Image credit: International IDEA
A five-day workshop was held in October 2021 for 22 secretariat staff of the National Assembly (NA) and National Council (NC), the two parliamentary houses of Bhutan. The workshop aimed at identifying the Parliament of Bhutan’s communication needs and explore opportunities of leveraging new possibilities provided by the mainstream and social media platforms for effective parliamentary communications. In addition, aim was for the parliament to become more adept in the intricacies of configuring and messaging for different purposes and audiences.
The Speaker of the National Assembly, Hon. Wangchuk Namgyel, acknowledged that the Parliament of Bhutan suffers from a lack of visibility and the people of Bhutan need to understand the critical functions of both Houses. He also expressed the critical need to engage the public more effectively besides communicating its roles, challenges and accomplishments.
The participants agreed that the parliament and media are fundamental to good governance. Media and communication functions of Bhutan’s Parliament play a critical role in enhancing citizen’s understanding of the work of the country’s legislatures. The Parliament of Bhutan is aware that, by their very nature, the parliamentary activities are public activities, and as such, subject to intense scrutiny and assessment by members of the public. Therefore, the Parliament of Bhutan felt that it was extremely important to inform the public in a timely and appropriate manner.
The workshop was led by Pek Dorji, an experienced media practitioner. The workshop was highly intense and engaging. The participants acknowledged that they took away new knowledge, skills and techniques which can be applied to their everyday communication requirements. One of the participants mentioned that “…having a defined target audience in your mind when coming up a report or brief makes a huge difference. The impact is much higher when you know the audiences you want to reach out to.”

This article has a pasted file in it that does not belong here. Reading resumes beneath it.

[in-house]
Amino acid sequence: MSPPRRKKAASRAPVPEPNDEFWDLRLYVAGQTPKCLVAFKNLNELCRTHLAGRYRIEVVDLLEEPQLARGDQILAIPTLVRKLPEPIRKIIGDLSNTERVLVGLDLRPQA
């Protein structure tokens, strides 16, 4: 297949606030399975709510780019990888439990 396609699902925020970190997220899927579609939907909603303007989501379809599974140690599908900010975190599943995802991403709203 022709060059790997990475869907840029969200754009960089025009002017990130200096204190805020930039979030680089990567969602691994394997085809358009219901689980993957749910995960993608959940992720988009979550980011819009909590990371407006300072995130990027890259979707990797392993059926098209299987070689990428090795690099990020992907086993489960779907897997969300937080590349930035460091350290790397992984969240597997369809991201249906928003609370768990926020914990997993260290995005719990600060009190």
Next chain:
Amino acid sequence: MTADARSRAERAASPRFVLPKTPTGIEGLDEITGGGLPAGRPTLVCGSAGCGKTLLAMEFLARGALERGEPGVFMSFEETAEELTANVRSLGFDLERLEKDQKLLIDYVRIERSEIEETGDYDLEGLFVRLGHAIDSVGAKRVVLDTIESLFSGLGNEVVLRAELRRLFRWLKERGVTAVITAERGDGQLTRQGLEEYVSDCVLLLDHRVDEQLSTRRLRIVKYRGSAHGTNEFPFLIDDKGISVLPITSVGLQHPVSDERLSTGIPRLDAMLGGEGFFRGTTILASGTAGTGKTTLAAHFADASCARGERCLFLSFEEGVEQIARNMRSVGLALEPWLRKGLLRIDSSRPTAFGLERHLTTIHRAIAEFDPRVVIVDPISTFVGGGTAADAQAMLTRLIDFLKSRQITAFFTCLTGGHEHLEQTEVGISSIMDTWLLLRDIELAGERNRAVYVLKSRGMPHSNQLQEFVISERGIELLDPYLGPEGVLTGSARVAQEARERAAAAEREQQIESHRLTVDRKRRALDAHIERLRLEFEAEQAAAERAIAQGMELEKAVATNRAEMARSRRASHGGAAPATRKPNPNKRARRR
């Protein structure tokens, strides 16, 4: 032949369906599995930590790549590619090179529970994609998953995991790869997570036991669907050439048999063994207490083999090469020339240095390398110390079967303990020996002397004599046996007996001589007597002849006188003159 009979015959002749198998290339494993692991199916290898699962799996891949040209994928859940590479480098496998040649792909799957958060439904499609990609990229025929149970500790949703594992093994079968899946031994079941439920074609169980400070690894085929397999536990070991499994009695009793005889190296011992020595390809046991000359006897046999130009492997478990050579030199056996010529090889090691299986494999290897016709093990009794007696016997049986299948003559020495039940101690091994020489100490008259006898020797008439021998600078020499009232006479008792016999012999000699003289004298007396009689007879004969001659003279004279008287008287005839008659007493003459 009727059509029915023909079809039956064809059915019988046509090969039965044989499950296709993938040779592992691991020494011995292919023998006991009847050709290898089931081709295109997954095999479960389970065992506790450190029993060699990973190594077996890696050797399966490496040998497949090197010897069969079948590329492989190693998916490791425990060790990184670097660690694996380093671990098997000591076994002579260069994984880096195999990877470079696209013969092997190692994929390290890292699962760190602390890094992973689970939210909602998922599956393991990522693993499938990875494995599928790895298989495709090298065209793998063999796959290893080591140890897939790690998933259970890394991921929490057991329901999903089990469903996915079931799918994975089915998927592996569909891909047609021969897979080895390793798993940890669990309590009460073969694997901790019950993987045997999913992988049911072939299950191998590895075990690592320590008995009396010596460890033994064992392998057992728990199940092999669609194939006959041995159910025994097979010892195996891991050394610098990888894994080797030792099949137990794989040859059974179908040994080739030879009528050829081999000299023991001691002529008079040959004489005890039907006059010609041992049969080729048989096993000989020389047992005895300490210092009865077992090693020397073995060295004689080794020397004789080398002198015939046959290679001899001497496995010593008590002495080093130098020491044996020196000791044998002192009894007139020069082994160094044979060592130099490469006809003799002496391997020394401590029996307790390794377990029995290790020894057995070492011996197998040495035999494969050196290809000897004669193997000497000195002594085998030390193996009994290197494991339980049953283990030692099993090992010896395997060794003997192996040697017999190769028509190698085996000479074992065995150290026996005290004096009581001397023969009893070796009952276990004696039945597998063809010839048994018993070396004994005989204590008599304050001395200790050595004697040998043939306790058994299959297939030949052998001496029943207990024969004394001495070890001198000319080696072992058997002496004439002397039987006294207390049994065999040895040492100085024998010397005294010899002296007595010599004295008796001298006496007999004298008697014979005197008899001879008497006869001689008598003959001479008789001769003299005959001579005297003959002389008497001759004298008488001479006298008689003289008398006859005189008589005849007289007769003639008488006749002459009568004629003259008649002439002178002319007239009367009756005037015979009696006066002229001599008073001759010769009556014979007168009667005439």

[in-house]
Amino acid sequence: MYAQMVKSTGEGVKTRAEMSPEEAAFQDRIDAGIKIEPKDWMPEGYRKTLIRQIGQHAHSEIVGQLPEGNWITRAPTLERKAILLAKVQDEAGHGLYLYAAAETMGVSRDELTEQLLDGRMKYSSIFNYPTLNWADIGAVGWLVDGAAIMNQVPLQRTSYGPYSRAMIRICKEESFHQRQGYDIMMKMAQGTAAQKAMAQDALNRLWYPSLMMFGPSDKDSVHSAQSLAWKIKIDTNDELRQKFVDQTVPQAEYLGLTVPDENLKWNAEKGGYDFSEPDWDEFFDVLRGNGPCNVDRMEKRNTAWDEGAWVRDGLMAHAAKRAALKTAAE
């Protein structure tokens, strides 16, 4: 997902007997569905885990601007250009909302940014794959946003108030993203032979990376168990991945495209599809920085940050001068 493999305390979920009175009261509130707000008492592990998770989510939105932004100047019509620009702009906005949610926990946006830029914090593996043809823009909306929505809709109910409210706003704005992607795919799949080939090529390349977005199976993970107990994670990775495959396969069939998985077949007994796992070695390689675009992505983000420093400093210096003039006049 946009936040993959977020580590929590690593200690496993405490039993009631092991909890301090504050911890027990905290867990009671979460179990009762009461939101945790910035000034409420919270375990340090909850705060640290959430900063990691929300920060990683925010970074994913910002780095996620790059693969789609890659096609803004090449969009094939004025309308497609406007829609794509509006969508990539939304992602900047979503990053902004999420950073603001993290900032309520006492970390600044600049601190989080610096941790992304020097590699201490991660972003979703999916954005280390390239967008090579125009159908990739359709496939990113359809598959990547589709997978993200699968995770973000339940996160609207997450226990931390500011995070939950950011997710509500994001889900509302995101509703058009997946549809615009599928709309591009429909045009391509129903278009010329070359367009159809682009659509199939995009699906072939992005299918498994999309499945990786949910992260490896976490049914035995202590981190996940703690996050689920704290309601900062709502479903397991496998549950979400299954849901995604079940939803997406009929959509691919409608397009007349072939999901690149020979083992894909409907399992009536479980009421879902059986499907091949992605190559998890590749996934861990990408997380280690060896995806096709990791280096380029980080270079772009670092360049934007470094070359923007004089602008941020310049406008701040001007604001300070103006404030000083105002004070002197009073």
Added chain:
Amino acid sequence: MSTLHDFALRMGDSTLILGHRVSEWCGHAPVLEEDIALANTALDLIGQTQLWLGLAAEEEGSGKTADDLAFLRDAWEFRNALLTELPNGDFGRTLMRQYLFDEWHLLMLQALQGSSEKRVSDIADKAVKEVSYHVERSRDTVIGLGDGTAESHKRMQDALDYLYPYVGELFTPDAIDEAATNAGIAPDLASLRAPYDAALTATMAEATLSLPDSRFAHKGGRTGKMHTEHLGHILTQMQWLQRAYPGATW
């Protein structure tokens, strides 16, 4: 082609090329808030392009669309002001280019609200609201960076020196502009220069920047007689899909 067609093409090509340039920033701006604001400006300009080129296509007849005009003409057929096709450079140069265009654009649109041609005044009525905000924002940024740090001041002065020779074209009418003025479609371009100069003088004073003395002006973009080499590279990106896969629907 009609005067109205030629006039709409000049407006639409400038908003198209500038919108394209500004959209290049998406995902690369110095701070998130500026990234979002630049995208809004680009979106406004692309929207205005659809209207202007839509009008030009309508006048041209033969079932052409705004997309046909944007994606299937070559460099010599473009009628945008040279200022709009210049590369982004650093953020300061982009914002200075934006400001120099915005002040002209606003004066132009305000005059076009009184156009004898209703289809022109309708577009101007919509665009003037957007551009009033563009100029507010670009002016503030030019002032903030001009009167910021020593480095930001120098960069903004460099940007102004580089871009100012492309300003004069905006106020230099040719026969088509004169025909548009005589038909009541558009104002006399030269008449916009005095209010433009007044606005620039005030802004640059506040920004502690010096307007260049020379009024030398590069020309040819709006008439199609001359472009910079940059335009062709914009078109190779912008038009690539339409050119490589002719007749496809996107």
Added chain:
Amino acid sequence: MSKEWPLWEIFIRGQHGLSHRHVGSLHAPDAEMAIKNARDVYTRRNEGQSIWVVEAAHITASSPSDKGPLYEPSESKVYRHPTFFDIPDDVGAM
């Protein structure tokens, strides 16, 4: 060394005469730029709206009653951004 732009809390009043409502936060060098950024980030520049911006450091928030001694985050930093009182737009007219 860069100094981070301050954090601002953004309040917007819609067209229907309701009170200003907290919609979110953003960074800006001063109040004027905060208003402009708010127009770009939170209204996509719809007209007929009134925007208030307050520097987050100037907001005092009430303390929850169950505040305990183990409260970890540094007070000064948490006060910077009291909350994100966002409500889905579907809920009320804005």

The workshop noted that the knowledge of Bhutanese citizens about legislative processes varies greatly and gaps in understanding persist in a country where democracy was first introduced in 2008.
A major challenge confronting Bhutan’s Parliament is how to make the information provided by the NA and the NC easy to use and understandable to those outside the institution. Citizens have limited understanding of how to interact with MPs and share their views, which has also impacted transparency of the Parliament’s work.
The workshop enhanced participants capacity to leverage the emerging media landscape through use of ICT tools and platforms that can provide easy access to a more comprehensive picture of the work of Parliament. In this regard, meaningful and positive content creation was emphasized as a way to enhance the positive public perception of the parliamentary functions and process.
The strategies identified include telling positive stories about the Parliament to increase engagement of the public to build trust and awareness of the Parliament and democracy more broadly.
The workshop covered a range of issues and identified public perception gaps and a clear need for more strategic public outreach by Bhutan’s Parliament emerged. Parliament’s communications efforts could go beyond merely informing people about events. Communications could help people understand the workings of Parliament and enable citizens to interact with their MPs and the work of parliamentary committees more effectively and meaningfully.
Several recommendations were adopted from the workshop’s experience and interactions. Some of them include:
- The need for communication strategy to be in place to sharpen the focus of parliamentary communication and preparing annual communication plans.
- To revamp and update current websites to make them more interactive besides encouraging people to share feedback and views on the parliamentary processes.
- The continued capacity building and support for the secretariat staffs was among the nine listed recommendations.
Speaking at the workshop, the International IDEA Bhutan Programme Manager, Pema Tenzin, reaffirmed International IDEA and the EU’s continued support and cooperation with the Parliament of Bhutan and its various partners. He stressed that effective communication was fundamental to promoting transparency and enabling the Parliament to be accountable to the people. The Parliament’s communications and the messages it puts out can build a dialogue between the citizens and their parliamentary representatives.
The capacity-building workshop was funded by the European Union and implemented by International IDEA in partnership with the Parliament of Bhutan as part of a three-year project titled “Project ‘Nyamdrel | Support to the Parliament and CSOs”.